RESULTS: Caffeine increased exercise capacity by 7.93 s (+3.0%; P = 0.010); however, postexercise fatigue and perception of exertion were comparable with the placebo session (P = 0.632 and P = 0.902, respectively). Increases in isometric grip strength trended toward significance in both dominant (+2.9%; P = 0.053) and nondominant (+2.1%; P = 0.061) hands in the caffeine trial compared with placebo. Caffeine ingestion did not result in improvements in performance for any of the remaining functional measures, including the timed up-and-go test, repeated chair stands, 6-m fast walk, and 6-m backward tandem walk. Systolic blood pressure and HR were significantly increased (P = 0.006 and P = 0.040, respectively) upon completion of the testing battery when compared with placebo.

    CONCLUSIONS: Consumption of caffeine 1 h before exercise induced improvements in exercise capacity and muscular strength in prostate cancer survivors. However, there was no change in exercise-related fatigue when compared with placebo despite reduction in timed performance of the 400-m walk. Caffeine seems to enhance exercise tolerance through improved performance with no subsequent increase in fatigue or perception of exertion and may be an appropriate strategy to promote exercise participation in prostate cancer survivors.

  • 3.
    Devin, James L.
    et al.
    Univ Queensland, Sch Human Movement & Nutr Sci, Brisbane, Qld, Australia..
    Jenkins, David G.
    Univ Queensland, Sch Human Movement & Nutr Sci, Brisbane, Qld, Australia..
    Sax, Andrew T.
    Univ Queensland, Sch Human Movement & Nutr Sci, Brisbane, Qld, Australia..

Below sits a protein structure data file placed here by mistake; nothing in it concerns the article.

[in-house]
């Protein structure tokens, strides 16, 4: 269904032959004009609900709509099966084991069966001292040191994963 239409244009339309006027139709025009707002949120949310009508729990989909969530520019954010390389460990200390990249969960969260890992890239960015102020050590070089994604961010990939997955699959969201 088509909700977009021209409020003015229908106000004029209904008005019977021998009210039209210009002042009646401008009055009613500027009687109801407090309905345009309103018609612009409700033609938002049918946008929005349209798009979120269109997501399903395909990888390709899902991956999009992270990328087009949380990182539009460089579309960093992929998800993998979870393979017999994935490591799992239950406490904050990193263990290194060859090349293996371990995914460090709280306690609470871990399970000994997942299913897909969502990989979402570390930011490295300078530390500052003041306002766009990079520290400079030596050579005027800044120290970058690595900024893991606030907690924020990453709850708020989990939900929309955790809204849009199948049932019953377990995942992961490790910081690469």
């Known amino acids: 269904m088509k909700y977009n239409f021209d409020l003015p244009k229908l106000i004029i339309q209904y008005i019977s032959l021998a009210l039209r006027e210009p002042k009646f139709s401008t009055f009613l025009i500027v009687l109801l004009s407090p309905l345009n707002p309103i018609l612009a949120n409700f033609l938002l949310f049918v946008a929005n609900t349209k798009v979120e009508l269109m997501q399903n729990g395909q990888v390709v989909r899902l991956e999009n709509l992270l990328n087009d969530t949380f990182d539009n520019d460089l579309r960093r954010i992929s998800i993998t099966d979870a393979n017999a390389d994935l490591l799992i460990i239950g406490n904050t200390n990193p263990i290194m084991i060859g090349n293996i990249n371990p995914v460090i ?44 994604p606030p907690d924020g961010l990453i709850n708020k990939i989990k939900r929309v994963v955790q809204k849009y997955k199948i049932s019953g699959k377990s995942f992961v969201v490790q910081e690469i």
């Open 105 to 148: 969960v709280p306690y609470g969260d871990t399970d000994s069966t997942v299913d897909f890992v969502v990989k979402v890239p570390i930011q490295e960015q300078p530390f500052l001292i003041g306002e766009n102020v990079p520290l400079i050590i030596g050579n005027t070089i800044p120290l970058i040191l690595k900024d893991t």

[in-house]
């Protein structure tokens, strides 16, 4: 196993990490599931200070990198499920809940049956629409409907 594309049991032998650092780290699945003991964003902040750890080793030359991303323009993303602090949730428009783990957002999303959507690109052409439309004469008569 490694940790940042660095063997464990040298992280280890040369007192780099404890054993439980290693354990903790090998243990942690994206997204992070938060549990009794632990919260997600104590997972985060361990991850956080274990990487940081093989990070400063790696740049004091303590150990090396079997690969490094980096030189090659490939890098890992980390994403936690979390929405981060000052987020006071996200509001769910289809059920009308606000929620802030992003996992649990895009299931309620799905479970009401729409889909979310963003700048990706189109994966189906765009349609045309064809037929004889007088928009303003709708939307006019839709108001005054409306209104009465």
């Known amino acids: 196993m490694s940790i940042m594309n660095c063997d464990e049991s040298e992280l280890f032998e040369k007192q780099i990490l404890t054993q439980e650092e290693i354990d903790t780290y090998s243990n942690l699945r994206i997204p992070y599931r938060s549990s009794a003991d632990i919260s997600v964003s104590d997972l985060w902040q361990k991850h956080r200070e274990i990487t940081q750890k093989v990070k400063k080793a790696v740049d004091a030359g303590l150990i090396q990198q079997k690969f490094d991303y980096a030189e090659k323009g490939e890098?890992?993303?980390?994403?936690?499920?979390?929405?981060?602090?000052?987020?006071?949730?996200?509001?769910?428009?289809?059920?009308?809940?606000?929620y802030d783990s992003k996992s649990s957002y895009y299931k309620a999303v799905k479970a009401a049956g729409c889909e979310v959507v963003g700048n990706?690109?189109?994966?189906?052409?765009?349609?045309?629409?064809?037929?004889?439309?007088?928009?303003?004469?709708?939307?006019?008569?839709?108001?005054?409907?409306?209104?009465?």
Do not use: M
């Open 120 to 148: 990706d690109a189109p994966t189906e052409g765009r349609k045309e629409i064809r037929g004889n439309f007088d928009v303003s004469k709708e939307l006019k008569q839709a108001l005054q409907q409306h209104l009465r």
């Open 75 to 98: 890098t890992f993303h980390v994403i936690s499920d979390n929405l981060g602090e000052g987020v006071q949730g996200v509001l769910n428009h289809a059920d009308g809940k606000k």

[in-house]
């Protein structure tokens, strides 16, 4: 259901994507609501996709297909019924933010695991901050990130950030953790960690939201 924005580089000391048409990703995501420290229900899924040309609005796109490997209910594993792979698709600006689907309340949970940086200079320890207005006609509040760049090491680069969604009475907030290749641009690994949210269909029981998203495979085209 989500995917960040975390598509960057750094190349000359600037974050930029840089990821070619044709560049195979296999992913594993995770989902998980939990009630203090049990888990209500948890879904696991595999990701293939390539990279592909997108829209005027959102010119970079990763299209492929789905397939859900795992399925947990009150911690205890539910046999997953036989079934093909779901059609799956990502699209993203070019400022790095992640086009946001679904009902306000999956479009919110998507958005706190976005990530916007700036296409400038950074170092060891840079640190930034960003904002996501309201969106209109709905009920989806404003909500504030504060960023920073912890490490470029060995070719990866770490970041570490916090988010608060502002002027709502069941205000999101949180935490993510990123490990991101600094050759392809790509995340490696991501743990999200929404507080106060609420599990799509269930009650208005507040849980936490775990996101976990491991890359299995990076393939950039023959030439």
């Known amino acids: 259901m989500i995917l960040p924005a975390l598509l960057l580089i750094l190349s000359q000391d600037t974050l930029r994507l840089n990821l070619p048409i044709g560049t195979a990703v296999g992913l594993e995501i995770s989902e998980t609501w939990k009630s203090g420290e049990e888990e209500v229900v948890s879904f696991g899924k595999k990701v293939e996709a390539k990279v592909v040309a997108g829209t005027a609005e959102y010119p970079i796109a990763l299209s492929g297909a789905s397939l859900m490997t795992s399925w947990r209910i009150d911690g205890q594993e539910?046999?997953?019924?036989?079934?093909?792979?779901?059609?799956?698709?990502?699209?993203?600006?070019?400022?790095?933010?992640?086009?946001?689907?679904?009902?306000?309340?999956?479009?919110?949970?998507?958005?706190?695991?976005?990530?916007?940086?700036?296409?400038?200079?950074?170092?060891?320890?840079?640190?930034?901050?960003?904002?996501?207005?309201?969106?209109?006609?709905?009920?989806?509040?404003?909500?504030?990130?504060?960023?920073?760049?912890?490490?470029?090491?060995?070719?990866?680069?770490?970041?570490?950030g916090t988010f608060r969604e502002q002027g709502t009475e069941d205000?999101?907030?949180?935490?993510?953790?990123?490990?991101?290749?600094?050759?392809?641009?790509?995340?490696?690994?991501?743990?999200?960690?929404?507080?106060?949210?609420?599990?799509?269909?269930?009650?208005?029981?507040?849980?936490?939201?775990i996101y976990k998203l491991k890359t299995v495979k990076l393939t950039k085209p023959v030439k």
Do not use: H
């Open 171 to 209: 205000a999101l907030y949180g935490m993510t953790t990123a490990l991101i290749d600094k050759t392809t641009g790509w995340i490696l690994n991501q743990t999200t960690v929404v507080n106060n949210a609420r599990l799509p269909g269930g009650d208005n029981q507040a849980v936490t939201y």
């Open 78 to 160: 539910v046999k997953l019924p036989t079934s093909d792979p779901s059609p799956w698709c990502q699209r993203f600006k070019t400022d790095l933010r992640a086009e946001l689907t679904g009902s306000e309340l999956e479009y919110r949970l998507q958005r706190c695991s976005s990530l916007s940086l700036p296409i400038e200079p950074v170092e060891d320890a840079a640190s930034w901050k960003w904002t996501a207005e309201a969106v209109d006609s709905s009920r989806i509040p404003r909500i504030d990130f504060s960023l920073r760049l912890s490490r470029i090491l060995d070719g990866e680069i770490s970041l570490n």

Hughes, Gareth I.
    Univ Queensland, Sch Human Movement & Nutr Sci, Brisbane, Qld, Australia..
    Aitken, Joanne F.
    Canc Council Queensland, Canc Res Ctr, Brisbane, Qld, Australia.;Griffith Univ, Menzies Hlth Inst Queensland, Gold Coast, Qld, Australia..
    Chambers, Suzanne K.
    Canc Council Queensland, Canc Res Ctr, Brisbane, Qld, Australia.;Griffith Univ, Menzies Hlth Inst Queensland, Gold Coast, Qld, Australia.;Prostate Canc Fdn Australia, Sydney, NSW, Australia.;Edith Cowan Univ, Hlth & Wellness Inst, Perth, WA, Australia.;Univ Queensland, Clin Res Ctr, Brisbane, Qld, Australia..
    Dunn, Jeffrey C.
    Canc Council Queensland, Canc Res Ctr, Brisbane, Qld, Australia.;Griffith Univ, Menzies Hlth Inst Queensland, Gold Coast, Qld, Australia.;Univ Queensland, Sch Social Sci, Brisbane, Qld, Australia..
    Bolam, Kate A.
    Gymnastik- och idrottshögskolan, GIH, Institutionen för idrotts- och hälsovetenskap, Åstrandlaboratoriet. Univ Queensland, Sch Human Movement & Nutr Sci, Brisbane, Qld, Australia..
    Skinner, Tina L.
    Univ Queensland, Sch Human Movement & Nutr Sci, Brisbane, Qld, Australia..